Lessons from a server upgrade

Recently, the server hosting the Ethical Co-op website died, and needed to be replaced. It launched in 2005, running on a standard LAMP system.

Since it was written in the days of PHP4, and was working well, I’d never upgraded it to PHP5. Everything was running smoothly on PHP4, but this had reached end of life, and running PHP4 on the server was proving more and more of an obstacle when trying to install other, newer code.

So, when the server died late on Saturday night, and with the weekend usually being a very quiet time, I decided to use the opportunity to finally move to PHP5.

The server has needed to be replaced or reinstalled perhaps three times since 2005. I’m not a natural system administrator – I have a programming and database background, and have never done system administration professionally, so the first few times were a bit shaky. However, I’ve improved as I’ve gone along, and the installation went very smoothly this time.

I have everything carefully documented. There are a lot of tweaks to the vanilla system, various extra PEAR libraries installed, and all are carefully documented, so setting up from scratch is a breeze.

I upgraded the code from PHP4 to PHP5 which (considering my coding style carefully honed from its roots in ZX-81 BASIC) was trivial. Everything was back in good time by the end of the weekend, my tests reported no problems, and I went to bed.

Monday the problem reports started.

It didn’t take long to identify the problem. POST variables were being chopped off. Consistently nothing more than around product 200 was being returned. I’d never encountered a problem like this before, but after Googling I identified a culprit. Suhosin, the Hardened PHP project, has a post.max_vars setting which defaults to 200. A quick look at my config and I see This server is protected with the Suhosin Patch.

A perfect fit. This must be the cause of the problem!

Cursing the paranoid security, I spent much of the day investigating Suhosin. A Twitter search returned “Fuck Suhosin!” as the first result, making me more sure I’d identified the culprit.

None of the Suhosin settings were appearing in my phpinfo() output, which apparently is normal behaviour for the defaults, and explicitly setting them in php.ini, which seemed to solve the problem for most people out there, had no effect.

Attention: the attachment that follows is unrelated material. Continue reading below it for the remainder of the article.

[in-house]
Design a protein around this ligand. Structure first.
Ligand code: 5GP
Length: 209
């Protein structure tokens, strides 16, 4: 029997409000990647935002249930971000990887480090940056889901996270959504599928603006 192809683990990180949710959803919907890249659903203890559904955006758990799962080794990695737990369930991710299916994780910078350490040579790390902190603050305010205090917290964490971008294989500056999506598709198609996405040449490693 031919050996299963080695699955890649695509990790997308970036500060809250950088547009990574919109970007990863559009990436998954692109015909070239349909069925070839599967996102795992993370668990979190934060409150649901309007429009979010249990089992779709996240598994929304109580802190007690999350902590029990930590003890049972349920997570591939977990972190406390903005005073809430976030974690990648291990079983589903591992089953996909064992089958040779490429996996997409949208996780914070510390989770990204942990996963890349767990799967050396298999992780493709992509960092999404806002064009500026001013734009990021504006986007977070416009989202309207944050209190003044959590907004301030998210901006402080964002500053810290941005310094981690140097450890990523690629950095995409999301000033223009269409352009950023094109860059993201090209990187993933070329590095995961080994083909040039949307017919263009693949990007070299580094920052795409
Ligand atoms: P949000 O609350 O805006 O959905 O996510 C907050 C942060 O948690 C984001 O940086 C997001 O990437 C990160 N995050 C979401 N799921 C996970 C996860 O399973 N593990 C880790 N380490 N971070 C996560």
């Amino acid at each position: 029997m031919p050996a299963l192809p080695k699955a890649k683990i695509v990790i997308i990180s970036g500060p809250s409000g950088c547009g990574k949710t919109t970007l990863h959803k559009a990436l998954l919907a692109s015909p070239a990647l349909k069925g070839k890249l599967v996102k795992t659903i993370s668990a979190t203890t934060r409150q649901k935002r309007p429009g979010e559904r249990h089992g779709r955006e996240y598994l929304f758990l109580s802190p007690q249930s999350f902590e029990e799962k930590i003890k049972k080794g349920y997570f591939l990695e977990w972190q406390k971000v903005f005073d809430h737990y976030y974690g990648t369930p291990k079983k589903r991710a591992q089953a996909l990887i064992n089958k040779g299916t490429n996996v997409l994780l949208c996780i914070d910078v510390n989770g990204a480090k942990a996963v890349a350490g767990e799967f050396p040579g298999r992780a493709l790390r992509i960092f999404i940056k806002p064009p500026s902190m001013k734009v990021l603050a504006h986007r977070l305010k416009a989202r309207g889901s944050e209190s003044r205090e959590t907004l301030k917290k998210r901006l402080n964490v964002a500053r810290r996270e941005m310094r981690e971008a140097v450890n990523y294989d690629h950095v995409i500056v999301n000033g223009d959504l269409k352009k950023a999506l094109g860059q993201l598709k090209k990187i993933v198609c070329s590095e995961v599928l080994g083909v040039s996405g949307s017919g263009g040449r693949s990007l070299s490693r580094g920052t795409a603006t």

The server by default had the Suhosin patch installed, and in my attempts to get come control over the configuration I installed the Extension, which finally gave me control.

At this point I realised my first mistake. There may have been 200 products, but each product has five variables, so the cutoff was actually happening at 1000, not at 200.

And so I made my second mistake. If suhosin.post.max_vars is by default set to 200, it couldn’t be the cause of the problem. Still, there was no way to know that the setting was 200 on my system, and in the default configuration file that appeared after I installed the extension, this line appeared

;suhosin.post.max_vars = 1000

Commented out, but indicative that the default was 1000, not 200 as the documentation indicated. By now I really was convinced that Suhosin was the spawn of all evil.

However, no matter what changes I made to these and other possible Suhosin settings, nothing made a difference.

Eventually I had to accept it wasn’t Suhosin, and I had wasted most of the day. It had been unclear to me from Suhosin’s documentation exactly the difference between the patch and extension was, and I had also been misled by some posts claiming that the patch was responsible for the POST var limit, when it appears after all it isn’t, and this is only implemented if the extension is installed.

By that stage there was such a mess from the day’s errors and the downtime that I was ready to cancel the week’s deliveries (the Ethical Co-op delivers once a week, with most of the orders arriving on Monday and Tuesday).

Bernhard of Meglakor had been helping me, and was much quicker than me to realise Suhosin was not the cause. I was convinced it was the cause; after all, it had seemed a perfect match, and it was the only thing I could find that limited POST variables.

But it wasn’t.

Earlier this year, PHP 5.3.9 was released. One of the minor changes made during that release was the following:

Added max_input_vars directive to prevent attacks based on hash collisions.

There it was! PHP now limits any input variables to 1000 by default! After all my worrying about upgrading the code, it was a minor configuration change in a minor version that caused all the problems.

A classic case of being led astray by mis-identifying the problem, and then being less open to alternatives because of the investment in the identification!

A simple change, and everything was working again.

Thanks Bernhard for clearing Suhosin’s name, and then identifying max_input_vars.

Related Posts:

4 Comments to “Lessons from a server upgrade”

  1. Marius
    March 21, 2012

    Ian, upgraded to a shiny new PHP but still running an old WordPress (3.1.4) … not good at all :)


  2. greenman
    March 21, 2012

    Marius, I just knew someone was going to comment on that :). I could never upgrade beyond 3.1.4 being stuck on PHP4, which was part of the reason for the urgency. No excuse any more.

  3. Jeff
    March 21, 2012

    The problem with Open Source, is: staying current with the core.

    Only alternative for you, is “to probably backup more.”


    (Oops, now I said that… ;)

  4. greenman
    March 24, 2012

    I see this was probably the reason for the change.